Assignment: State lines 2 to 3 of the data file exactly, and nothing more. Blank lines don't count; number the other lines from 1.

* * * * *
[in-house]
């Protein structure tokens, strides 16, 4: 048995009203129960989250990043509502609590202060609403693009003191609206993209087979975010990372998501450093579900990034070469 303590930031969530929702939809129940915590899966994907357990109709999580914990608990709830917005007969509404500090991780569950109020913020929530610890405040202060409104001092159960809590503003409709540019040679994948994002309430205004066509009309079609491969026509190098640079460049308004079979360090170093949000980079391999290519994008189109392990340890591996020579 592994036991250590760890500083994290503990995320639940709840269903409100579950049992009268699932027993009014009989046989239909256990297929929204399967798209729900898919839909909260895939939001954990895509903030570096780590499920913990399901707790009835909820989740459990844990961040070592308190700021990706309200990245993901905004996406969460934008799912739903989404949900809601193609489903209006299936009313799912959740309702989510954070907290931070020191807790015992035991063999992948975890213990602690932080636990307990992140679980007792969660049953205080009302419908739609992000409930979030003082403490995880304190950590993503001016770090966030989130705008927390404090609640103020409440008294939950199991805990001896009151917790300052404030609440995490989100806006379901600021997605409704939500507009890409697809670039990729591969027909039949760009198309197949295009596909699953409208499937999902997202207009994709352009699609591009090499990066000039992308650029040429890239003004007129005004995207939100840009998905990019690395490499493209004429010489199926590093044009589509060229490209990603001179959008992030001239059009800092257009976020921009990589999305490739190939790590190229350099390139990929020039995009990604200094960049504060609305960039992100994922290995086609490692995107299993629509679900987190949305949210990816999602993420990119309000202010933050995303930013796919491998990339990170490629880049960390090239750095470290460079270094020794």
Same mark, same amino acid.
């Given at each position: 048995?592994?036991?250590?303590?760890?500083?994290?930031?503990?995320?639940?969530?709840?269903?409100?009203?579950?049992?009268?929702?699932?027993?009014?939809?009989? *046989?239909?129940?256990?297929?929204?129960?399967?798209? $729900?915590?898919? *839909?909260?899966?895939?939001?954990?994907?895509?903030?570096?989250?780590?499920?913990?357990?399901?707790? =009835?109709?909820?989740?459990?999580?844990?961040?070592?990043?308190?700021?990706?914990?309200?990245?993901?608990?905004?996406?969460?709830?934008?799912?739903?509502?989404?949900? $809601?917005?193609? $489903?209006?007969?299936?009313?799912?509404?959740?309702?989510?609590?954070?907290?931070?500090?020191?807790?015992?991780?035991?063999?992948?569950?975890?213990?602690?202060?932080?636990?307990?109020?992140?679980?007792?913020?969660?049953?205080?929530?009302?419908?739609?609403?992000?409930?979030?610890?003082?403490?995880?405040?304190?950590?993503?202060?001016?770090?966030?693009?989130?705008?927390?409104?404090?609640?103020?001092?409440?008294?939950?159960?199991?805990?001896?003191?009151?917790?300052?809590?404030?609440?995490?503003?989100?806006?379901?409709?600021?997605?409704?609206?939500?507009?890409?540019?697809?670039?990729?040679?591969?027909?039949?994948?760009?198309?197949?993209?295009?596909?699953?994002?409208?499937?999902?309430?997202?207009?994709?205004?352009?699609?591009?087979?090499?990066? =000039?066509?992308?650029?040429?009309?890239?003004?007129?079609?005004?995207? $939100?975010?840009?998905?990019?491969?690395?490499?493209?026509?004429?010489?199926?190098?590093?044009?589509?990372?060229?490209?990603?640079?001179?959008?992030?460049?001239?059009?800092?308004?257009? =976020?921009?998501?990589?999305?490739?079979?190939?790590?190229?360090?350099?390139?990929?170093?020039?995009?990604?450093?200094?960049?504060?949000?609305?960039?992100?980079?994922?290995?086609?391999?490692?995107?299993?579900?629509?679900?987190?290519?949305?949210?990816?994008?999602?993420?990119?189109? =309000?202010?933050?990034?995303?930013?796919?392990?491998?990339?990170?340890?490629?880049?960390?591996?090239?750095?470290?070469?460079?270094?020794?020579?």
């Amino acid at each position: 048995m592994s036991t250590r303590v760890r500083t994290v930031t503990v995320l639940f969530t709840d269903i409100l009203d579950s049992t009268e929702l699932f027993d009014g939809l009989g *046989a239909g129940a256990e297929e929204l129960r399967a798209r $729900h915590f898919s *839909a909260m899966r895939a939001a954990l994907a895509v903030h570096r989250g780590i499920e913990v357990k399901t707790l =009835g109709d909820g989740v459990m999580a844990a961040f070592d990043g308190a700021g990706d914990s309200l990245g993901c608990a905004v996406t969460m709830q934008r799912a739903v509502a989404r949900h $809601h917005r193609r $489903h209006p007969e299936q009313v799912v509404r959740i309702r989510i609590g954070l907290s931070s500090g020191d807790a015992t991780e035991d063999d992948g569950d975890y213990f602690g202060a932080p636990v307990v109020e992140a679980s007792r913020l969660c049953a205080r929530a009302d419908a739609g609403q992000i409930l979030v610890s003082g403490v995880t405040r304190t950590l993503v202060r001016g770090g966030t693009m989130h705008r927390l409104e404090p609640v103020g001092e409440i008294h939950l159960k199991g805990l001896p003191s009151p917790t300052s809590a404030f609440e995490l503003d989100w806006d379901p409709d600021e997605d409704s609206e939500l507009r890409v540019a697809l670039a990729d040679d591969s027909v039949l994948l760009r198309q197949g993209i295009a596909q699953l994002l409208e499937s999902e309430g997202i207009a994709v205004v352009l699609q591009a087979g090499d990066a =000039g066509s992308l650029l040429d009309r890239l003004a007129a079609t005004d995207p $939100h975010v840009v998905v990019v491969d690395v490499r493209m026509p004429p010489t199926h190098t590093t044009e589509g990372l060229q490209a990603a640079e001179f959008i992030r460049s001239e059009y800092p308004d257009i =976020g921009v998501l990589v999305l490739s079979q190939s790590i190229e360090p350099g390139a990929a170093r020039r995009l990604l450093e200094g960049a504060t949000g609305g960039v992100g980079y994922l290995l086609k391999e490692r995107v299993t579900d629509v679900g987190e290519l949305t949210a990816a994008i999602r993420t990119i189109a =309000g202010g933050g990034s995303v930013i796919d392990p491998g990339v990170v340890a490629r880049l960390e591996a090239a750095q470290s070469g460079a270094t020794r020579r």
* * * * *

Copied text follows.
């Protein structure tokens, strides 16, 4: 048995009203129960989250990043509502609590202060609403693009003191609206993209087979975010990372998501450093579900990034070469 303590930031969530929702939809129940915590899966994907357990109709999580914990608990709830917005007969509404500090991780569950109020913020929530610890405040202060409104001092159960809590503003409709540019040679994948994002309430205004066509009309079609491969026509190098640079460049308004079979360090170093949000980079391999290519994008189109392990340890591996020579 592994036991250590760890500083994290503990995320639940709840269903409100579950049992009268699932027993009014009989046989239909256990297929929204399967798209729900898919839909909260895939939001954990895509903030570096780590499920913990399901707790009835909820989740459990844990961040070592308190700021990706309200990245993901905004996406969460934008799912739903989404949900809601193609489903209006299936009313799912959740309702989510954070907290931070020191807790015992035991063999992948975890213990602690932080636990307990992140679980007792969660049953205080009302419908739609992000409930979030003082403490995880304190950590993503001016770090966030989130705008927390404090609640103020409440008294939950199991805990001896009151917790300052404030609440995490989100806006379901600021997605409704939500507009890409697809670039990729591969027909039949760009198309197949295009596909699953409208499937999902997202207009994709352009699609591009090499990066000039992308650029040429890239003004007129005004995207939100840009998905990019690395490499493209004429010489199926590093044009589509060229490209990603001179959008992030001239059009800092257009976020921009990589999305490739190939790590190229350099390139990929020039995009990604200094960049504060609305960039992100994922290995086609490692995107299993629509679900987190949305949210990816999602993420990119309000202010933050995303930013796919491998990339990170490629880049960390090239750095470290460079270094020794």
Same mark, same amino acid.